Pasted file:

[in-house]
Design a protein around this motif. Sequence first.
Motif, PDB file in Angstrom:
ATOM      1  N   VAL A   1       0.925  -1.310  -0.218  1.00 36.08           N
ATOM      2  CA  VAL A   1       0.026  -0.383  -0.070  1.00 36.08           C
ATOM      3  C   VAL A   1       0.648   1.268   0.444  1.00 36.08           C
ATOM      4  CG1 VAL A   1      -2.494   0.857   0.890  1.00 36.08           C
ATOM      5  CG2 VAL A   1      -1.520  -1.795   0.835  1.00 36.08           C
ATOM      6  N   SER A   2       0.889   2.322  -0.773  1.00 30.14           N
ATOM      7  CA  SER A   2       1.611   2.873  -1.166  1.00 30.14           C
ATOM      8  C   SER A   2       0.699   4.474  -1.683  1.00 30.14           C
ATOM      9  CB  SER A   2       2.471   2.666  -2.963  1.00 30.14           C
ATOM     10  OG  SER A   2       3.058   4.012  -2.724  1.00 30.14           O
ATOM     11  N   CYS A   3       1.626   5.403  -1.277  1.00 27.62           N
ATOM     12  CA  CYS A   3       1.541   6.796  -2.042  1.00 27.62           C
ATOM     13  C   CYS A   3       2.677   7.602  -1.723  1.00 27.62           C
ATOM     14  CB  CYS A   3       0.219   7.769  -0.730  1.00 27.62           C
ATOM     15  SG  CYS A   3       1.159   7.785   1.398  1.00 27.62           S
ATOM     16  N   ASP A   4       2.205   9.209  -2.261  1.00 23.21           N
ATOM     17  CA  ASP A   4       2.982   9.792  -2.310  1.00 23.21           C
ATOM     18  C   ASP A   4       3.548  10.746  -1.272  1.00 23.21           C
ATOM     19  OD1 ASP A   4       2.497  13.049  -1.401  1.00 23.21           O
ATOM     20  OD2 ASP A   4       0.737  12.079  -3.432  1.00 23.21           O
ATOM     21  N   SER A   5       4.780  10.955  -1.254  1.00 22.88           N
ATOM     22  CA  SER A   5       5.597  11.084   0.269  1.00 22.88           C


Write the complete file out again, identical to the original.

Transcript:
[in-house]
Design a protein around this motif. Sequence first.
Motif, PDB file in Angstrom:
ATOM      1  N   VAL A   1       0.925  -1.310  -0.218  1.00 36.08           N
ATOM      2  CA  VAL A   1       0.026  -0.383  -0.070  1.00 36.08           C
ATOM      3  C   VAL A   1       0.648   1.268   0.444  1.00 36.08           C
ATOM      4  CG1 VAL A   1      -2.494   0.857   0.890  1.00 36.08           C
ATOM      5  CG2 VAL A   1      -1.520  -1.795   0.835  1.00 36.08           C
ATOM      6  N   SER A   2       0.889   2.322  -0.773  1.00 30.14           N
ATOM      7  CA  SER A   2       1.611   2.873  -1.166  1.00 30.14           C
ATOM      8  C   SER A   2       0.699   4.474  -1.683  1.00 30.14           C
ATOM      9  CB  SER A   2       2.471   2.666  -2.963  1.00 30.14           C
ATOM     10  OG  SER A   2       3.058   4.012  -2.724  1.00 30.14           O
ATOM     11  N   CYS A   3       1.626   5.403  -1.277  1.00 27.62           N
ATOM     12  CA  CYS A   3       1.541   6.796  -2.042  1.00 27.62           C
ATOM     13  C   CYS A   3       2.677   7.602  -1.723  1.00 27.62           C
ATOM     14  CB  CYS A   3       0.219   7.769  -0.730  1.00 27.62           C
ATOM     15  SG  CYS A   3       1.159   7.785   1.398  1.00 27.62           S
ATOM     16  N   ASP A   4       2.205   9.209  -2.261  1.00 23.21           N
ATOM     17  CA  ASP A   4       2.982   9.792  -2.310  1.00 23.21           C
ATOM     18  C   ASP A   4       3.548  10.746  -1.272  1.00 23.21           C
ATOM     19  OD1 ASP A   4       2.497  13.049  -1.401  1.00 23.21           O
ATOM     20  OD2 ASP A   4       0.737  12.079  -3.432  1.00 23.21           O
ATOM     21  N   SER A   5       4.780  10.955  -1.254  1.00 22.88           N
ATOM     22  CA  SER A   5       5.597  11.084   0.269  1.00 22.88           C